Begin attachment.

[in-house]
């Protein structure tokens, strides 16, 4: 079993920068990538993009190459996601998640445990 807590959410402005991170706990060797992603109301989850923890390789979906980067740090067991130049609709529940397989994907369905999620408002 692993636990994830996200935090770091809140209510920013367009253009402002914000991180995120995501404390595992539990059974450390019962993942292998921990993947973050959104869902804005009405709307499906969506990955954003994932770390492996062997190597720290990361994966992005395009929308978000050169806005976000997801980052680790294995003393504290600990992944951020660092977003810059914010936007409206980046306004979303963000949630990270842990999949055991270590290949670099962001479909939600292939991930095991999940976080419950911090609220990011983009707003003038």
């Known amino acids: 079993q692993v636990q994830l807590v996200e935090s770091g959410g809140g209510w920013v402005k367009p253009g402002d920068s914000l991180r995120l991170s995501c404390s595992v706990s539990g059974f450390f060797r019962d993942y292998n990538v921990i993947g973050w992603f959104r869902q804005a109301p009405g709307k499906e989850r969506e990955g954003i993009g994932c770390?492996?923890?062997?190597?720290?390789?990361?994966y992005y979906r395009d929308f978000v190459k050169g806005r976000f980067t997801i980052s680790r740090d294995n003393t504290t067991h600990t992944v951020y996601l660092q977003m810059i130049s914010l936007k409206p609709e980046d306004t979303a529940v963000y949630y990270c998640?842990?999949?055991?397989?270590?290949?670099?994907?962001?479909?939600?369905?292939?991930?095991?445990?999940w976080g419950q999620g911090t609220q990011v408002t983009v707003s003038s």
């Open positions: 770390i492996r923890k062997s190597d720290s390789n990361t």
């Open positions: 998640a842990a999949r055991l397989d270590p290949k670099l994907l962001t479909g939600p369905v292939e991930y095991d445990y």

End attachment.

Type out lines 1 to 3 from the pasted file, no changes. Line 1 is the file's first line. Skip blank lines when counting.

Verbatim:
[in-house]
């Protein structure tokens, strides 16, 4: 079993920068990538993009190459996601998640445990 807590959410402005991170706990060797992603109301989850923890390789979906980067740090067991130049609709529940397989994907369905999620408002 692993636990994830996200935090770091809140209510920013367009253009402002914000991180995120995501404390595992539990059974450390019962993942292998921990993947973050959104869902804005009405709307499906969506990955954003994932770390492996062997190597720290990361994966992005395009929308978000050169806005976000997801980052680790294995003393504290600990992944951020660092977003810059914010936007409206980046306004979303963000949630990270842990999949055991270590290949670099962001479909939600292939991930095991999940976080419950911090609220990011983009707003003038």
């Known amino acids: 079993q692993v636990q994830l807590v996200e935090s770091g959410g809140g209510w920013v402005k367009p253009g402002d920068s914000l991180r995120l991170s995501c404390s595992v706990s539990g059974f450390f060797r019962d993942y292998n990538v921990i993947g973050w992603f959104r869902q804005a109301p009405g709307k499906e989850r969506e990955g954003i993009g994932c770390?492996?923890?062997?190597?720290?390789?990361?994966y992005y979906r395009d929308f978000v190459k050169g806005r976000f980067t997801i980052s680790r740090d294995n003393t504290t067991h600990t992944v951020y996601l660092q977003m810059i130049s914010l936007k409206p609709e980046d306004t979303a529940v963000y949630y990270c998640?842990?999949?055991?397989?270590?290949?670099?994907?962001?479909?939600?369905?292939?991930?095991?445990?999940w976080g419950q999620g911090t609220q990011v408002t983009v707003s003038s």